Figgy Toffee Pudding

Photo by Jonathan Timmes

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2 loaf pans, 12-16 servings

  • 2 ¾ cups all-purpose flour
  • 1 teaspoon baking powder
  • 1 teaspoon salt
  • 2 1.2 cups dried black mission figs, stems removed and each cut into 6 pieces
  • 1 teaspoon baking soda
  • 1 ½ cups hot water, just below a simmer
  • 1 cup plus 2 tablespoons dark brown sugar
  • 4 eggs
  • 1 stick butter, melted
  • 1 cup chopped hard toffee (recipe follows)
  • 1 ½ cups toffee sauce (recipe follows)

  • Hard Toffee

  • 1 cup sugar
  • ½ cup heavy cream
  • 1 stick butter
  • Pinch salt
  • Toffee Sauce
  • 1 cup plus 2 tablespoons dark brown sugar
  • 1 stick butter
  • 2 tablespoons dark corn syrup
  • 1 cup heavy cream
  • Pinch salt
  1. Sift together flour, baking powder, and salt. Set aside.
  2. Place figs and baking soda in a container. Cover with hot water to fully submerge and let sit 5–10 minutes, until water is almost cool.
  3. Strain and reserve water. Set half the figs aside. Place the other half in a food processor with brown sugar and process until smooth. While processor is running, add eggs one at a time followed by butter and reserved fig liquid.
  4. Place wet ingredients in a bowl and stir in reserved figs, flour mixture, and finally chopped toffee. Divide batter into 2 greased loaf pans.
  5. Preheat oven to 350 degrees and place pans into a large brownie pan or high-sided sauté pan, then fill pan with boiling water about 2 inches high. Tent with foil so all is completely covered and bake for 30 minutes. Carefully open foil, avoiding steam, and touch top of cake to see if it is set. It will bounce back. If it is not done, cover and return to oven, checking every 8–10 minutes.
  6. When finished, remove from oven and carefully run a knife around edge of cake to separate sides from pan. Pour 1 cup of toffee sauce over each loaf then return to oven, uncovered, for 5–6 minutes or until the toffee starts to bubble. Remove from oven and cool 15–20 minutes. Unmold, invert onto serving plate, and serve warm with whipped cream or vanilla ice cream and more toffee sauce. Note: the batter can be prepared and refrigerated up to 5 days in advance.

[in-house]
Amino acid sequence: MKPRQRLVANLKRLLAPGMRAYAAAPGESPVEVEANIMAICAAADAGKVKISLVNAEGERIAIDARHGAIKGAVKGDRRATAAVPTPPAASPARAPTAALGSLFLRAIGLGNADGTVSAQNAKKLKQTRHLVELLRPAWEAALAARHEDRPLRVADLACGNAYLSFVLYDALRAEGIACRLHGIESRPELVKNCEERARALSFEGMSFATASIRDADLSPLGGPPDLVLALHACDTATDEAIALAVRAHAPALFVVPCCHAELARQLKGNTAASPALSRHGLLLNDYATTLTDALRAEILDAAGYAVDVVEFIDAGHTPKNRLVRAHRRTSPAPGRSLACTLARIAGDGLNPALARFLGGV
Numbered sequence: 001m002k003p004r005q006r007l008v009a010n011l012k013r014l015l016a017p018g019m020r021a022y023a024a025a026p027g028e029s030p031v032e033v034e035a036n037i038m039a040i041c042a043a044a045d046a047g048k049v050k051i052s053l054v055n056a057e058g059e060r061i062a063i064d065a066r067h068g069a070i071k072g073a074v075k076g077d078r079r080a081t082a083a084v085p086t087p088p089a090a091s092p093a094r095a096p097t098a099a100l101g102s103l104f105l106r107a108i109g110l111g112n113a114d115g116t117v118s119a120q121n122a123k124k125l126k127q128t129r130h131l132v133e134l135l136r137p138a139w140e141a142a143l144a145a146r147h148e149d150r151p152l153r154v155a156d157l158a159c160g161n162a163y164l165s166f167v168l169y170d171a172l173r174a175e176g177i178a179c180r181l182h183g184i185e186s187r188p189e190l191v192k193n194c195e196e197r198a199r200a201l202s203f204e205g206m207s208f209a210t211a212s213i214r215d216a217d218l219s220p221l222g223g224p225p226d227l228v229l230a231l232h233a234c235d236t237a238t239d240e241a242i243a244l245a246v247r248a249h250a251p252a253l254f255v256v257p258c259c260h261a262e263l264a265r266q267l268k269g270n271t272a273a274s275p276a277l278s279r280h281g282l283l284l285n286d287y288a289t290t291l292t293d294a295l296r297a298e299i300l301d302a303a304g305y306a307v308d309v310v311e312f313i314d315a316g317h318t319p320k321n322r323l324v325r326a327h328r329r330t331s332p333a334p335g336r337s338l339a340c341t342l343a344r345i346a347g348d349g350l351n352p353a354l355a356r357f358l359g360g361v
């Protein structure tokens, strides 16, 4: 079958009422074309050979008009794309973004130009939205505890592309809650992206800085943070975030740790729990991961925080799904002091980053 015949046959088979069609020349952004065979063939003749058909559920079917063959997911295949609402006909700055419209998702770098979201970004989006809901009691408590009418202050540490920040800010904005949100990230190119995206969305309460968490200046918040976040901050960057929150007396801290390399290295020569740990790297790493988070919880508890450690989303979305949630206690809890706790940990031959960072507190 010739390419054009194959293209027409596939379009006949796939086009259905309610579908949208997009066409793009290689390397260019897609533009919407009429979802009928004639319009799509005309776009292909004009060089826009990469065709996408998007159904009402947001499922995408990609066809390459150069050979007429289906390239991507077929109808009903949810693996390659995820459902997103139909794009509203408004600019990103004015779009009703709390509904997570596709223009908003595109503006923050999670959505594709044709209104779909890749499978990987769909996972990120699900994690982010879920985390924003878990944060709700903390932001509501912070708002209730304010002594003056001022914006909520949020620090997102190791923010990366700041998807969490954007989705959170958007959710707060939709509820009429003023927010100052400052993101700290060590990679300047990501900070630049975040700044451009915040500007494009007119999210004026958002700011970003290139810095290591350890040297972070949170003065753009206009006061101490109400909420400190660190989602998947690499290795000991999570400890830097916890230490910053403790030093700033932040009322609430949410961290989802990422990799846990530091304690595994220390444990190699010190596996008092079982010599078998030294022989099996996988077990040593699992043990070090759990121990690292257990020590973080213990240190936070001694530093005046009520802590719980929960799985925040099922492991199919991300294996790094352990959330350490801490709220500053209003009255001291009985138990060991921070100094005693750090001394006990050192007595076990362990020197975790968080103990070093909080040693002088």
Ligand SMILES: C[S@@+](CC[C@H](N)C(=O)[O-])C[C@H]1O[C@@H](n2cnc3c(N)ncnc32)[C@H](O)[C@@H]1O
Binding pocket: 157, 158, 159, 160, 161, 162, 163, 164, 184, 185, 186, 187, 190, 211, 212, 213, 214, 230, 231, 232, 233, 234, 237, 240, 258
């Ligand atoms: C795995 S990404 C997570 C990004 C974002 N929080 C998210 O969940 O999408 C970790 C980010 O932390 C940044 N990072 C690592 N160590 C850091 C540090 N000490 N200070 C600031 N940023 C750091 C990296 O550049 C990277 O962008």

Hard Toffee

  1. Place all ingredients in a high-sided pot and stir to combine.
  2. Place over medium-high heat and allow to cook until it reaches a medium-dark golden brown. Stir until butter is melted, then do not stir for the remainder. Only swirl carefully when you notice parts of the toffee starting to darken.
  3. Pour onto a cookie tray lined with parchment paper. Allow to harden, then chop into small pieces. Reserve until needed for recipe, up to 1 week in an airtight container.

Toffee Sauce

  1. Place sugar, butter, and corn syrup in a high-sided pot. Allow to melt slowly and simmer for 1–2 minutes.
  2. Slowly pour in cream and return to a simmer. Cook 2–3 minutes over medium until thick and glossy. Reserve until needed.
  • from Tiffany MacIsaac of Buttercream Bakeshop, Washington, DC

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